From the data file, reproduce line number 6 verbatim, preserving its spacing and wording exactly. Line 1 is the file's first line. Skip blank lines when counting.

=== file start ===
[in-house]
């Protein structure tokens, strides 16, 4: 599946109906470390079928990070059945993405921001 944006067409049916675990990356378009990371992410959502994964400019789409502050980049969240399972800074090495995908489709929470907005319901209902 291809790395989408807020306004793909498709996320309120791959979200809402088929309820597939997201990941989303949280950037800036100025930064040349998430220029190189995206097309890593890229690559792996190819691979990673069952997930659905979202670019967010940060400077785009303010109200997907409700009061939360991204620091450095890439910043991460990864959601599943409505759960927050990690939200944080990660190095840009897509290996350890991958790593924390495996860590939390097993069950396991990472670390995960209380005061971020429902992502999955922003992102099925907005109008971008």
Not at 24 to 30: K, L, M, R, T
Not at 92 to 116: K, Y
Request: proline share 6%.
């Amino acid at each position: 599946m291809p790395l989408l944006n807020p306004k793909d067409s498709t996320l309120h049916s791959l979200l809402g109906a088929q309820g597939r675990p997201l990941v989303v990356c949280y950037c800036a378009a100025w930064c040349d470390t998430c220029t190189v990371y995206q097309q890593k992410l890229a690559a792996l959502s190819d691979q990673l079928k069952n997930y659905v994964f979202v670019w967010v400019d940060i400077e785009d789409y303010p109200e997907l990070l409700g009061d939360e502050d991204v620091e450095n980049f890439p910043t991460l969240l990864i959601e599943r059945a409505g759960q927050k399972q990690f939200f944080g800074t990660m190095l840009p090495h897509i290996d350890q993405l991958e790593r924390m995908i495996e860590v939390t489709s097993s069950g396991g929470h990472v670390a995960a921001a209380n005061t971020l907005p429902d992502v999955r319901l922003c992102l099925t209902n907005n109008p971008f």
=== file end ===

């Amino acid at each position: 599946m291809p790395l989408l944006n807020p306004k793909d067409s498709t996320l309120h049916s791959l979200l809402g109906a088929q309820g597939r675990p997201l990941v989303v990356c949280y950037c800036a378009a100025w930064c040349d470390t998430c220029t190189v990371y995206q097309q890593k992410l890229a690559a792996l959502s190819d691979q990673l079928k069952n997930y659905v994964f979202v670019w967010v400019d940060i400077e785009d789409y303010p109200e997907l990070l409700g009061d939360e502050d991204v620091e450095n980049f890439p910043t991460l969240l990864i959601e599943r059945a409505g759960q927050k399972q990690f939200f944080g800074t990660m190095l840009p090495h897509i290996d350890q993405l991958e790593r924390m995908i495996e860590v939390t489709s097993s069950g396991g929470h990472v670390a995960a921001a209380n005061t971020l907005p429902d992502v999955r319901l922003c992102l099925t209902n907005n109008p971008f």